Connecting Communities in Need
By Emily Compton
The COVID-19 pandemic has highlighted the dedication and commitment of those who put others first, such as Janice Gotcher.
Janice has been the executive director of the Fort Sage Family Resource Center since 2008 and has been working with the center for 14 years. Janice determined that there was a greater need in the area for food resources. She began researching food pantries and how she could build on what they were already providing, with funding being the biggest obstacle. The Food Pantry was started in 2011, and began with just one shelf and some canned goods.
Funding for the Food Pantry is provided by the Lassen-Plumas-Sierra Community Action Agency (LPSCAA). The LPSCAA provides federal funds to a broad array of community-based organizations in the three counties. It specializes in services such as health, nutrition, child care and preschool, emergency services (food, shelter, clothing), and youth and family development.
The Food Pantry has grown exponentially and now works closely with the Food Bank of Northern Nevada, which is its main food supplier. The Food Bank of Northern Nevada serves 90,000 square miles throughout northern Nevada and the eastern slope of the sierras in California.
According to the U.S. Department of Agriculture’s latest Household Food Insecurity Report, more than 35 million people in the U.S. struggled with hunger in 2019. This statistic shows how important organizations like the Fort Sage Family Resource Center are to keeping communities fed. There are no eligibility requirements for receiving food from the pantry.
Today, with Janice’s direction and many volunteers, the food pantry delivers more than 118,000 pounds of food to its community every year. Janice hopes to continue to expand its offerings to the communities it serves.
The center’s mission is to connect the communities of Doyle, Herlong, and Milford to each other and county services and programs. Listening to the needs of the community has long been part of the center’s mission. “We have a very diverse community. There are people from all over the world and locals who were born and raised here who all together make up our very tight community.” Janice says.
The COVID-19 pandemic hasn’t changed much for the center. Staff continues to provide essential services in the community, now with their personal protective gear on. Janice says that due to the COVID-19 pandemic and supply chain uncertainties, they don’t have as many choices when ordering, but there has been an increase in the free food they have received from the Food Bank of Northern Nevada. There are limits to the amount of food each client receives to make sure everyone gets a fair share.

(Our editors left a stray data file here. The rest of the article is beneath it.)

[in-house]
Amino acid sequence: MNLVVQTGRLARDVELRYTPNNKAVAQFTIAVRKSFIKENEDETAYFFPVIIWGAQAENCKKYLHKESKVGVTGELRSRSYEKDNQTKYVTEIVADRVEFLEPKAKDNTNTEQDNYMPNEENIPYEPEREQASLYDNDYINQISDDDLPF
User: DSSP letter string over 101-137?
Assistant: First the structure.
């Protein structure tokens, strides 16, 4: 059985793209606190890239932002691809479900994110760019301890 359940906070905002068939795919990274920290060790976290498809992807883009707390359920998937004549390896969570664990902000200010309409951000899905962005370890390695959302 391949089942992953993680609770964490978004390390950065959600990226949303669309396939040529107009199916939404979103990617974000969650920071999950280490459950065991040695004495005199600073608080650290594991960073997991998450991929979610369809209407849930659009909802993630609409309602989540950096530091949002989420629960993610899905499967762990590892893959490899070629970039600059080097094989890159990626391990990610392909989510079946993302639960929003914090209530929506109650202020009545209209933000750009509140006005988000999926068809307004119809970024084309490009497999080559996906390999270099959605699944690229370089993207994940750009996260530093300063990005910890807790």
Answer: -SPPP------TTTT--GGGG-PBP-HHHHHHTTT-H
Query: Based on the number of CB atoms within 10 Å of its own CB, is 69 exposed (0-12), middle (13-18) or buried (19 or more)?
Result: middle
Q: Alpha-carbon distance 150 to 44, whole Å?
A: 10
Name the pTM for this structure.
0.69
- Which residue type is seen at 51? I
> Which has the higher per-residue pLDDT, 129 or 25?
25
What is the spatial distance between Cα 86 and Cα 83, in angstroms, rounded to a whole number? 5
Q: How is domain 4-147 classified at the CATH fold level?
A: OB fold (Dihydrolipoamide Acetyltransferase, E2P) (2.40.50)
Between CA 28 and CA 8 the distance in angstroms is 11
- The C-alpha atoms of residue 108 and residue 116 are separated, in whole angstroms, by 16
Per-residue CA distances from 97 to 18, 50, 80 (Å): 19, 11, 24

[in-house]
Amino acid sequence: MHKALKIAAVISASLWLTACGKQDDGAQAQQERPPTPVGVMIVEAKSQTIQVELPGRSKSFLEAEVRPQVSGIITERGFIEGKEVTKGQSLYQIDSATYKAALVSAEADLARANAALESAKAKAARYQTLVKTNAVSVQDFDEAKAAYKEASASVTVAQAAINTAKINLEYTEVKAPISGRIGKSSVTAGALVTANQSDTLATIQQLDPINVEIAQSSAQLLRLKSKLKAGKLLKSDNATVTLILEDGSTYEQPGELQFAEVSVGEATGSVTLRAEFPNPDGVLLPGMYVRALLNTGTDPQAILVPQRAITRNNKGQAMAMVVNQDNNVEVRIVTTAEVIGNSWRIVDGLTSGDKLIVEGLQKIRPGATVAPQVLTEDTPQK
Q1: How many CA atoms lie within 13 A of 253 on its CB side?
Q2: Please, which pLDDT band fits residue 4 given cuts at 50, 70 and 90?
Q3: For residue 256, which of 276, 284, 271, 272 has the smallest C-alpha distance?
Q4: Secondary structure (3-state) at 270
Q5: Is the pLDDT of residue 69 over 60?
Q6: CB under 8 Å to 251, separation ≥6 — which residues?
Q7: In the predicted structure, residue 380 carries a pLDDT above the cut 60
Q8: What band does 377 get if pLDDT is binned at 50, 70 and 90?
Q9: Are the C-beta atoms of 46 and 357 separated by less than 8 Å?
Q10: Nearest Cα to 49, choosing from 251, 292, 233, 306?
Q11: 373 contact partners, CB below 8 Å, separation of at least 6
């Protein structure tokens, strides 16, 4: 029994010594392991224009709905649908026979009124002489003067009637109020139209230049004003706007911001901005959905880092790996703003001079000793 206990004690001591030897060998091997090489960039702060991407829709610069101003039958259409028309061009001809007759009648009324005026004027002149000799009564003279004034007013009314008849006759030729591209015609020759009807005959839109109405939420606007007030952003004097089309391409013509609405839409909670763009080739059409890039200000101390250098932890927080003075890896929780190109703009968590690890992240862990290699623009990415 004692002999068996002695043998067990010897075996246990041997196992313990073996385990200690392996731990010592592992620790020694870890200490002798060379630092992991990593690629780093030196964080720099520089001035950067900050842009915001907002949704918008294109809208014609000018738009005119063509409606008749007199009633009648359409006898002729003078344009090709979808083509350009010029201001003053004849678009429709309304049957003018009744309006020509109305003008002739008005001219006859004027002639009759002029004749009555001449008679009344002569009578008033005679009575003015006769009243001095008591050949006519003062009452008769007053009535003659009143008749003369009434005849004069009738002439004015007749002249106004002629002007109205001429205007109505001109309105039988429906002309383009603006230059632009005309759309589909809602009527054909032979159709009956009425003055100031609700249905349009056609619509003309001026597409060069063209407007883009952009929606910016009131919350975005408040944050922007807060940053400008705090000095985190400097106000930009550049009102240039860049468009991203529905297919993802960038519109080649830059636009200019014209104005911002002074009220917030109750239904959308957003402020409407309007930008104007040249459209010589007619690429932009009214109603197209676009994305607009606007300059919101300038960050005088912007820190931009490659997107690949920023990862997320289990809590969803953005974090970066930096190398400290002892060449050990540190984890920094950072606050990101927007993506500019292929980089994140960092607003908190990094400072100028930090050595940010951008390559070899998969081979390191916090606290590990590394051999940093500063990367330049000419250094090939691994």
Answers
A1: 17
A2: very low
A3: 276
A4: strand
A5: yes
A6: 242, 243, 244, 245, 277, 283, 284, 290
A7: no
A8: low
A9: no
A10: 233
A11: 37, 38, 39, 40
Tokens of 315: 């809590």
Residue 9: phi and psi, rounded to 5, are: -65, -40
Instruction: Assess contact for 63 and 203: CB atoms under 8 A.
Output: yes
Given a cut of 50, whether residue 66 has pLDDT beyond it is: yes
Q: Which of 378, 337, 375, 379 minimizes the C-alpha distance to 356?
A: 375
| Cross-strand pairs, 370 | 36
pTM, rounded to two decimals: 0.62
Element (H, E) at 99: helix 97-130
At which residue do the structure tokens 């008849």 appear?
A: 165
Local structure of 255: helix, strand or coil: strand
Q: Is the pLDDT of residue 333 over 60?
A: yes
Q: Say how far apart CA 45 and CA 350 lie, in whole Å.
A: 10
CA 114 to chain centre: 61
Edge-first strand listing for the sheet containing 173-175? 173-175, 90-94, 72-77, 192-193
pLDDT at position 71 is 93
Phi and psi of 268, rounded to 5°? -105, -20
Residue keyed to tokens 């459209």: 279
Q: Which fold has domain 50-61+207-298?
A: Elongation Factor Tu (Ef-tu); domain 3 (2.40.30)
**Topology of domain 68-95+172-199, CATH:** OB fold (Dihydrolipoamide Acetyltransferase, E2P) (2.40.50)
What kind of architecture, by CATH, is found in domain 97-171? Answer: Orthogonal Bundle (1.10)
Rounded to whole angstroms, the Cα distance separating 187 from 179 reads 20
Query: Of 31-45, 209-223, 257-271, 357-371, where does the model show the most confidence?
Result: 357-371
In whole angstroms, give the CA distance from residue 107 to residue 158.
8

The food bank isn’t the only program the center provides to the community. The center also offers assistance to its clients through job search assistance, support with applying for Medi-Cal and other social services, weatherization services, and holiday dinners. It also has sourced personal protective equipment distributed to community members during the pandemic.
The center partners with Lassen County Health and Social Services to provide community members with behavioral health, access to telemedicine, and a peer-to-peer support program. Although they do not have a therapist on staff, the program provides counseling to people in need who don’t otherwise have access to behavioral health. The center has a private room for telemedicine appointments.
The center also has a thrift store offering a variety of goods. All of the proceeds from the store go back to the center and a free library. Volunteers are greatly needed for both. The thrift store is open from 10 am to 3 pm, Monday through Friday. Please call (530) 827-3007 before visiting. The center library is open Wednesdays and Thursdays from 2 pm to 6 pm and Fridays and Saturdays from 10 am to 2 pm.
During the holiday season, the center has a program where gifts are handed out to local youth by Santa.
Friday Night Live! is another program sponsored by the center. This youth program is a statewide program that works with teens to fight youth drug, gambling, and alcohol use.
The organization “builds partnerships for positive and healthy youth development.” Locally, members of the program have educated the community on underage drinking by placing neon stickers in alcohol beverage cases to discourage selling alcohol to minors and participated in caroling around the community during the holidays.
The Fort Sage Family Resource Center food pantry is open on the first and third Fridays of every month from 9 am to noon. The Resource Center is open Monday through Friday, from 10 am to 3 pm.
Thank you to all the workers and volunteers who put others first to ensure the health and vitality of their communities.
If you would like more information about the Resource Center or would like to volunteer, please call (530) 827-3007 or visit the Fort Sage FRC Facebook page. To make a donation, checks can be sent to the Fort Sage Resource Center, PO Box 623 Herlong, CA 96113.